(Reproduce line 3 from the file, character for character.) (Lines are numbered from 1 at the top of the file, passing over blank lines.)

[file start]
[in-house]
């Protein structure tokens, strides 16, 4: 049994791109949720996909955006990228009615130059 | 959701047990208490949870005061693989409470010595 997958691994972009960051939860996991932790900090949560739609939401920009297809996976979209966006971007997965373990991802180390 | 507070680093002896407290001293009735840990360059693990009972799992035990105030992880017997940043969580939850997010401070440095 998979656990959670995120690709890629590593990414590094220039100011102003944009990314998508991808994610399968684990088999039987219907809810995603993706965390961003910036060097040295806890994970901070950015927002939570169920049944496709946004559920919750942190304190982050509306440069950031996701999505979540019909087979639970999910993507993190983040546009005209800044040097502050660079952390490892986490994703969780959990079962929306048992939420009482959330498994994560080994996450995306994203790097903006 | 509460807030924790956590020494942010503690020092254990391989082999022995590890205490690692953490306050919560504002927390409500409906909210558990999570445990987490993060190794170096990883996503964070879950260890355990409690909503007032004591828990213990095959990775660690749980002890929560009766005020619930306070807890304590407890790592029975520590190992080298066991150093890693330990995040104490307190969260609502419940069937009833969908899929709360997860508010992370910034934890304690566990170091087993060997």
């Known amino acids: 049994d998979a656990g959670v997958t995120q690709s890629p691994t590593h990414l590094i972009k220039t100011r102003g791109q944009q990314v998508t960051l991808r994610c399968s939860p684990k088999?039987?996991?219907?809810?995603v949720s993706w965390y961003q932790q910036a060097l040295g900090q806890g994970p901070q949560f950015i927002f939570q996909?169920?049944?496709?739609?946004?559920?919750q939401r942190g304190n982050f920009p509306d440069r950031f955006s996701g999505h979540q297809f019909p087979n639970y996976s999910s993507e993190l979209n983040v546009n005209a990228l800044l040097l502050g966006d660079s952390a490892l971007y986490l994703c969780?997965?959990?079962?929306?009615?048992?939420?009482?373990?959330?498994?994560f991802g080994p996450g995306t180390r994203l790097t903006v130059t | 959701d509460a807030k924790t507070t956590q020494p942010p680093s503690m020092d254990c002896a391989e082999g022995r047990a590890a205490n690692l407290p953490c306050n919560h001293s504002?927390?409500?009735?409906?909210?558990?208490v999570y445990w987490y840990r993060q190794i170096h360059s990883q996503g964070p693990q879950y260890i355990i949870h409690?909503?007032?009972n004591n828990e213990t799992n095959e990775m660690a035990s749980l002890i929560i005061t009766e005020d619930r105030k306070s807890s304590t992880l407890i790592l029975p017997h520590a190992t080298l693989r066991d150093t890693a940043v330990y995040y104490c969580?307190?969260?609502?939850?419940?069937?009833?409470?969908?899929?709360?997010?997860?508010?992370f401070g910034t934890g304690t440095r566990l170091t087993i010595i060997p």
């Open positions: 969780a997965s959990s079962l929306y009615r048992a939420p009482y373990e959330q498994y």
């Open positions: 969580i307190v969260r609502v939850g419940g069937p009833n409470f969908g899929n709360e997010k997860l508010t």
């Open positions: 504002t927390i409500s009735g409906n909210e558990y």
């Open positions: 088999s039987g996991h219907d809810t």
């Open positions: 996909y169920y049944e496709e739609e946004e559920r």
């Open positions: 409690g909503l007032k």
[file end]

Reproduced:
């Known amino acids: 049994d998979a656990g959670v997958t995120q690709s890629p691994t590593h990414l590094i972009k220039t100011r102003g791109q944009q990314v998508t960051l991808r994610c399968s939860p684990k088999?039987?996991?219907?809810?995603v949720s993706w965390y961003q932790q910036a060097l040295g900090q806890g994970p901070q949560f950015i927002f939570q996909?169920?049944?496709?739609?946004?559920?919750q939401r942190g304190n982050f920009p509306d440069r950031f955006s996701g999505h979540q297809f019909p087979n639970y996976s999910s993507e993190l979209n983040v546009n005209a990228l800044l040097l502050g966006d660079s952390a490892l971007y986490l994703c969780?997965?959990?079962?929306?009615?048992?939420?009482?373990?959330?498994?994560f991802g080994p996450g995306t180390r994203l790097t903006v130059t | 959701d509460a807030k924790t507070t956590q020494p942010p680093s503690m020092d254990c002896a391989e082999g022995r047990a590890a205490n690692l407290p953490c306050n919560h001293s504002?927390?409500?009735?409906?909210?558990?208490v999570y445990w987490y840990r993060q190794i170096h360059s990883q996503g964070p693990q879950y260890i355990i949870h409690?909503?007032?009972n004591n828990e213990t799992n095959e990775m660690a035990s749980l002890i929560i005061t009766e005020d619930r105030k306070s807890s304590t992880l407890i790592l029975p017997h520590a190992t080298l693989r066991d150093t890693a940043v330990y995040y104490c969580?307190?969260?609502?939850?419940?069937?009833?409470?969908?899929?709360?997010?997860?508010?992370f401070g910034t934890g304690t440095r566990l170091t087993i010595i060997p």